Klara Hosnedlova’s Ponytail Parlour is an installation taking place in Prague’s New Stage of National Theatre. The New Stage – or Nová scéna as the locals call it – is the city’s experimental theatre, hosted in an iconic modernist building. Since its construction, it has been home of the city’s National Theatre and the Laterna Magica – the world’s first multimedia theatre, and has been a playground for avant-guard directors and performative practices. Transforming the cloakroom, a space of cross-dressing and identity exchange, into a performative space, Hosnedlova imagines a feminine retreat, a parlour, a place of sensitive dialogue populated by extra-ordinary characters.
Precious motives and complex patterns decor walls and lineary furniture, to create a charged and unique environment where time seems to slow. A selection of costumes from the theatre’s archive, are presented in a group, soft constructed garments unveiling complex narratives and historical profiles. Juliette, Eva, Elettra, Angelica, their identity impregnated in each costume, open the transitional space of the cloakroom as pure potential. A potential for acute catharsis and metamorphosis.
Let us do away with this adherence to history, texts, to written poetry.
History as well as written poetry is valid once and then ought to be torn up. Let dead characters and poets make way for the living.
The figures of two women suddenly appear, long artificial coloured nail brushing the floating hair. Their bodies, silent presence in the space, are styled and devised to aestheticise the everyday. These contemporary women, invited by Hosnedlova, as counterpoint to the iconic – and often submissive- roles performed in the theatre, paint femininity with new traits, pivotal figures beholder of secret wisdoms.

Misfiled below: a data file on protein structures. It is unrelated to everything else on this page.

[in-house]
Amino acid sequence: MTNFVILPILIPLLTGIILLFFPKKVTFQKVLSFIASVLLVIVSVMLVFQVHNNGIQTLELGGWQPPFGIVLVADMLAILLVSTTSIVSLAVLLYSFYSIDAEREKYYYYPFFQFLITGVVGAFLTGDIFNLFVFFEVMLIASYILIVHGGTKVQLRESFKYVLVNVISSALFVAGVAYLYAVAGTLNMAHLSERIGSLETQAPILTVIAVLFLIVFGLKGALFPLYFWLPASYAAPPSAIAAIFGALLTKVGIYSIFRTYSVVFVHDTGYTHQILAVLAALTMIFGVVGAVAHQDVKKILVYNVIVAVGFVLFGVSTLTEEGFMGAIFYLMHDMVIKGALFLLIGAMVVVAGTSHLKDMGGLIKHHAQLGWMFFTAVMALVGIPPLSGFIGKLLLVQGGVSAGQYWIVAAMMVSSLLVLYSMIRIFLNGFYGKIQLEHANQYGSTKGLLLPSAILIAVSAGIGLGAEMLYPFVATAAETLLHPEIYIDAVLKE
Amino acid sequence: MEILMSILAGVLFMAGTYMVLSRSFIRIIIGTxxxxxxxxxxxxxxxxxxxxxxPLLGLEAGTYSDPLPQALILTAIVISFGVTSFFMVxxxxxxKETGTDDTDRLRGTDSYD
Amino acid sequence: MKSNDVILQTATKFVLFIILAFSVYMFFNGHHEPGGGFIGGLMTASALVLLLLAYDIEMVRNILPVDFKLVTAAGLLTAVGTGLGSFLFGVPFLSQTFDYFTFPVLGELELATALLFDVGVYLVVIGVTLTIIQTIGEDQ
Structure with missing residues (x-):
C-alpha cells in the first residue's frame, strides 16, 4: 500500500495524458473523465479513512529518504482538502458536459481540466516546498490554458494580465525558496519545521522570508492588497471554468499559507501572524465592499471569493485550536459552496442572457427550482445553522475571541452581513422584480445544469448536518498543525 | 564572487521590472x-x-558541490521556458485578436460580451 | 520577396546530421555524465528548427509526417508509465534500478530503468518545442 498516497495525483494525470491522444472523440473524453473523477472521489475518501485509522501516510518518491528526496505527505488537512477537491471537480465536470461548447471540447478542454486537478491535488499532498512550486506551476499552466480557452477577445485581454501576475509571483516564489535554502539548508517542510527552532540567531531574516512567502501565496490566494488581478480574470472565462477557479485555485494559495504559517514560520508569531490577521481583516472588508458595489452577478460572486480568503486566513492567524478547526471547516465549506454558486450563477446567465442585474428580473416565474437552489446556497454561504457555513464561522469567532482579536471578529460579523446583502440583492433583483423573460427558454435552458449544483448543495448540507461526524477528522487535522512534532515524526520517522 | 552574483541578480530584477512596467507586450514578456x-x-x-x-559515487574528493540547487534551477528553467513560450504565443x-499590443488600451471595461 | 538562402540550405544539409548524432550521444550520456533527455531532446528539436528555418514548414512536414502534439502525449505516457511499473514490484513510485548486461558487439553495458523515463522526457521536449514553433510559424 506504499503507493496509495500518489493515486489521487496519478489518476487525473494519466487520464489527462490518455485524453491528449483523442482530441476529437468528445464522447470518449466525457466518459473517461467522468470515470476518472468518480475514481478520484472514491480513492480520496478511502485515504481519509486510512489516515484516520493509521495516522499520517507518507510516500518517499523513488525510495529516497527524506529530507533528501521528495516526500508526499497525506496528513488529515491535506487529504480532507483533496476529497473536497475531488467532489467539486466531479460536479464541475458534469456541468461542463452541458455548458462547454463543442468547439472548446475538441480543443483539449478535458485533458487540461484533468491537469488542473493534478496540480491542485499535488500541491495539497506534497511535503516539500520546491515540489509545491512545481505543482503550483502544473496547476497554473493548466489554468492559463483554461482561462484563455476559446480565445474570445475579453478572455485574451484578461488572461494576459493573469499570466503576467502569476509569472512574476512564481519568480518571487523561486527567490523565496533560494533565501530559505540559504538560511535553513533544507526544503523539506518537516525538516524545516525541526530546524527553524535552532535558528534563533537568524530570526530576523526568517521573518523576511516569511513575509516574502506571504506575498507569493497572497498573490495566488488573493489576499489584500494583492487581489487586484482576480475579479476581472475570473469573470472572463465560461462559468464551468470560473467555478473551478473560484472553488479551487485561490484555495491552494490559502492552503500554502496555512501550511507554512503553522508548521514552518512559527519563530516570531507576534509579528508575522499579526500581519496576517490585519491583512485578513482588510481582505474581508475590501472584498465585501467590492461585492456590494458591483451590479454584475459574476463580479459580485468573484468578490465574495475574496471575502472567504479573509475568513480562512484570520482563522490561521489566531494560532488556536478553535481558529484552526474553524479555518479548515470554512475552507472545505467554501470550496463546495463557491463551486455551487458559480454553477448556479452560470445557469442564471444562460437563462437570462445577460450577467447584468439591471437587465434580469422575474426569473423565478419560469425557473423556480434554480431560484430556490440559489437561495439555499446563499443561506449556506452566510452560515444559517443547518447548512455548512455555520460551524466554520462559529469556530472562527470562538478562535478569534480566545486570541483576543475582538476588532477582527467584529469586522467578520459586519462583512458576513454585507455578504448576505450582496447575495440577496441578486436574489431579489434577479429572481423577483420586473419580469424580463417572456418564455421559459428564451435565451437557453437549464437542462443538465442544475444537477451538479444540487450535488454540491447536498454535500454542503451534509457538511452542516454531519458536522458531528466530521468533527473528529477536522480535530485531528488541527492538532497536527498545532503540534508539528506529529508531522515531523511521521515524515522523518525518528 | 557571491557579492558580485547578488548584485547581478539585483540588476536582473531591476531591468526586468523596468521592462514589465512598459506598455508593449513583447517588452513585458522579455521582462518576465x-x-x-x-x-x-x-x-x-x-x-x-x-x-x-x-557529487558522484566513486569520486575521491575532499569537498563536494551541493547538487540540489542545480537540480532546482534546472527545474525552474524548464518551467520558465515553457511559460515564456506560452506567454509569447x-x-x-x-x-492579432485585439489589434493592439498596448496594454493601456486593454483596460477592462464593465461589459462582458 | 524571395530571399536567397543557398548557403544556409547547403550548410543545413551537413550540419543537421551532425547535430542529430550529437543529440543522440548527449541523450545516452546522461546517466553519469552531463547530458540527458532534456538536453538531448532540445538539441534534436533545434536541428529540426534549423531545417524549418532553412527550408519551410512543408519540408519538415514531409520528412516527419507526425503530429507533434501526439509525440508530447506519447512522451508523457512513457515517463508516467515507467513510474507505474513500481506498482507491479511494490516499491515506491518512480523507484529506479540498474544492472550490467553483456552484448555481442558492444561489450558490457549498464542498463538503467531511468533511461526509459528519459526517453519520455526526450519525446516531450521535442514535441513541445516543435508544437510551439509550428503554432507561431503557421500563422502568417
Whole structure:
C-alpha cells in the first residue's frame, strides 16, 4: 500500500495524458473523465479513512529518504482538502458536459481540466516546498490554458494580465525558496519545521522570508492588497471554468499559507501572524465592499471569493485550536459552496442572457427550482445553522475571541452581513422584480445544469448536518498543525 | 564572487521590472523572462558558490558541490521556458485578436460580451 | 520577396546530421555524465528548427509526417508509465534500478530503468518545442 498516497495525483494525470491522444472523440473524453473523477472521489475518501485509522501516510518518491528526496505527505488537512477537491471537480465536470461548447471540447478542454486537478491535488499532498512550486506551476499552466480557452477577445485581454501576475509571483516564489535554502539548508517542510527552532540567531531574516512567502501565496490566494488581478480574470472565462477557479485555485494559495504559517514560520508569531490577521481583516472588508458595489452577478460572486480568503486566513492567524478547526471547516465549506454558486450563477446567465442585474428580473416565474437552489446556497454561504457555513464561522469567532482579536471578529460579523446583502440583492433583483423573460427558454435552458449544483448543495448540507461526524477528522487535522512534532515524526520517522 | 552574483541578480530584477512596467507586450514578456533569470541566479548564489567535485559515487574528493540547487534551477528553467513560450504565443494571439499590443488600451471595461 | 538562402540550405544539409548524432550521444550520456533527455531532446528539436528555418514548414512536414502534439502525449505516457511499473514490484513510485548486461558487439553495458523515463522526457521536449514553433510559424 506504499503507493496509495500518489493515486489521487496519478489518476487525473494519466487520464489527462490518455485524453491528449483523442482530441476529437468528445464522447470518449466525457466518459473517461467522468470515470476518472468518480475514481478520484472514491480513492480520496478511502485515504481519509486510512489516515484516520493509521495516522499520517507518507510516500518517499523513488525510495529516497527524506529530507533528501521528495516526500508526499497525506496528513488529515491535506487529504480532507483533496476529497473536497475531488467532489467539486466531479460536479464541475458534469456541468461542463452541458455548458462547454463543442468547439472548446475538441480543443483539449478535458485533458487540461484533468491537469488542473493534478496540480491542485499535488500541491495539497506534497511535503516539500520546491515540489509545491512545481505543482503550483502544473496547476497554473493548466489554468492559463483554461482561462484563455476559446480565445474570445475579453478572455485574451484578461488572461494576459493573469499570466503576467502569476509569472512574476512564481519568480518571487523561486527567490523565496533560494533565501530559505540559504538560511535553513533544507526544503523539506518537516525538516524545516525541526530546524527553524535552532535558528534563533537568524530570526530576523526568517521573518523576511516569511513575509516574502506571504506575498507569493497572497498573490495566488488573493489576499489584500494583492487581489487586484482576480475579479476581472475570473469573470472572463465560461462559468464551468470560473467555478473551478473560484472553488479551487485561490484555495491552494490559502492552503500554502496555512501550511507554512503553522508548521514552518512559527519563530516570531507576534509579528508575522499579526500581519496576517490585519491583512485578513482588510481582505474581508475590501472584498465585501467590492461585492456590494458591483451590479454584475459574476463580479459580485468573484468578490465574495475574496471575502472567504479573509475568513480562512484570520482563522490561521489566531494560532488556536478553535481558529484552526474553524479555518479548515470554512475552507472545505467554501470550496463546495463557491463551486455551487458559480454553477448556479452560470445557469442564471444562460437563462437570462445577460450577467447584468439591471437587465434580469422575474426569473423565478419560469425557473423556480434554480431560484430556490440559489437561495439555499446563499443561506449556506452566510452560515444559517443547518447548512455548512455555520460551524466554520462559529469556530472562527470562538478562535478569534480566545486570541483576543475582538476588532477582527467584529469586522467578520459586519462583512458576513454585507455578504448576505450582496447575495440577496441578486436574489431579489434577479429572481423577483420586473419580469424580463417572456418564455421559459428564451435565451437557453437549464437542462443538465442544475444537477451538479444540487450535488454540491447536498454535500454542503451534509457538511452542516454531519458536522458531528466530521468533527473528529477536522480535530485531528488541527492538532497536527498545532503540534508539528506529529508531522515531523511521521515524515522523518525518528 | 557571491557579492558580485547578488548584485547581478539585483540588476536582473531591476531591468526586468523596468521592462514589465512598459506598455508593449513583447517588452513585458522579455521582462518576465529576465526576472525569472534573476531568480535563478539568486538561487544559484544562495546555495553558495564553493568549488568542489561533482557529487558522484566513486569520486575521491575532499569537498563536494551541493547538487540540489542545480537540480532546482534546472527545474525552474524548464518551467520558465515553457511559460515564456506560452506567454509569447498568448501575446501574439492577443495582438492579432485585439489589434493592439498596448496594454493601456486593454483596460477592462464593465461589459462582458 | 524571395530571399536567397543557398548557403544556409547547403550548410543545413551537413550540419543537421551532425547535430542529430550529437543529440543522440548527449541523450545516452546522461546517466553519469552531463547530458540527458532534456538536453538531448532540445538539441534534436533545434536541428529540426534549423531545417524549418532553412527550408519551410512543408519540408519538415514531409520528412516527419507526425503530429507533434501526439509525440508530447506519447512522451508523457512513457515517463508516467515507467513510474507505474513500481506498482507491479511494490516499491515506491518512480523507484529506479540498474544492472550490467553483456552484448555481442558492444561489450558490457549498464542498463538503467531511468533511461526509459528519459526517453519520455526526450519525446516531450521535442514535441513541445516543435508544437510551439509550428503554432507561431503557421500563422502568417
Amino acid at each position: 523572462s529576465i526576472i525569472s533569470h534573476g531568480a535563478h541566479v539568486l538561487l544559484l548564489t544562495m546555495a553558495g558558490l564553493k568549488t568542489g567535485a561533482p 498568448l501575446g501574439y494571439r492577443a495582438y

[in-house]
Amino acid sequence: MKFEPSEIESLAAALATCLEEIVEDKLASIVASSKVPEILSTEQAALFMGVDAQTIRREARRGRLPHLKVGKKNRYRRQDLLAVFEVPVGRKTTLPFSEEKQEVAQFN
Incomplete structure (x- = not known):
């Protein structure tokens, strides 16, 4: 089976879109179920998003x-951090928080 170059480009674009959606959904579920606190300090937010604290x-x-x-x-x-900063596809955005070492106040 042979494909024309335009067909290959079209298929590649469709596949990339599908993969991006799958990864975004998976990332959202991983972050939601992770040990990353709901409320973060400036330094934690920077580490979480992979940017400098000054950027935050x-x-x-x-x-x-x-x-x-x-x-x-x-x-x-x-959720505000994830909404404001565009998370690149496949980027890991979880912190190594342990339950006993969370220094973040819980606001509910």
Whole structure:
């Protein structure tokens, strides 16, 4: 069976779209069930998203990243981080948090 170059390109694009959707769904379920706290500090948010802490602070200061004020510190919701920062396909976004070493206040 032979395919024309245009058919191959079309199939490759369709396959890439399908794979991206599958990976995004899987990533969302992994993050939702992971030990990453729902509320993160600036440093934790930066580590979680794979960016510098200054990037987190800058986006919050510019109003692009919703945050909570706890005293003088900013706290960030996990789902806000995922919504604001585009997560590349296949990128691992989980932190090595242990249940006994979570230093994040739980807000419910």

Body close-ups, produced by the artist as hand-made embroidery, act in the space as ghostly memories, collective, yet fragmented representation of a specific moment.
Where are the long nails? We wonder, instinctively looking for signs of their passage, a trace of their wisdom. Where are the curves and loose sensual garments?
Presence is left to imagination, suggesting active possibilities of change: a revolutionary, yet feminine, nova scena. Euripide (480 – 406 BC), the first contemporary dramaturgist, introduced the concept of ordinary people, able to accomplish extraordinary acts, changing the idea of heroes as someone other than ordinary: divine or gifted. Hosnedlova’s Ponytail Parlour also concentrates on ordinary women, pleasuring and confiding to inspire each others. Femininity empowered by the everyday. Can an image support action?
Antonine Artaud considers at length in The Theatre and its double (1938), the power of theatrical enactment on life and its structures, suggesting new forms of theatre inspired by the reality of life. “I am not on the opinion,’ – he writes – “that civilisation must change so theatre can change, but I do believe theatre used in the highest and most difficult sense has the power to affect the appearance and structure of things. And bringing two impassioned revelations together on stage, two living fires, two nervous magnetism, is just as complete, as true, even as decisive as bringing together two bodies in short-lived debauchery is in life.”
Hosnedlova’s cloakroom take-over has affecting power, revealed in the everyday. Conceived as a sensitive yet puissant mise en scène, we encounter the real in the artificial, the hero and anti-hero – magnetic female images tracing new possibilities for encounter and exchange.
Text by Attilia Fattori Franchini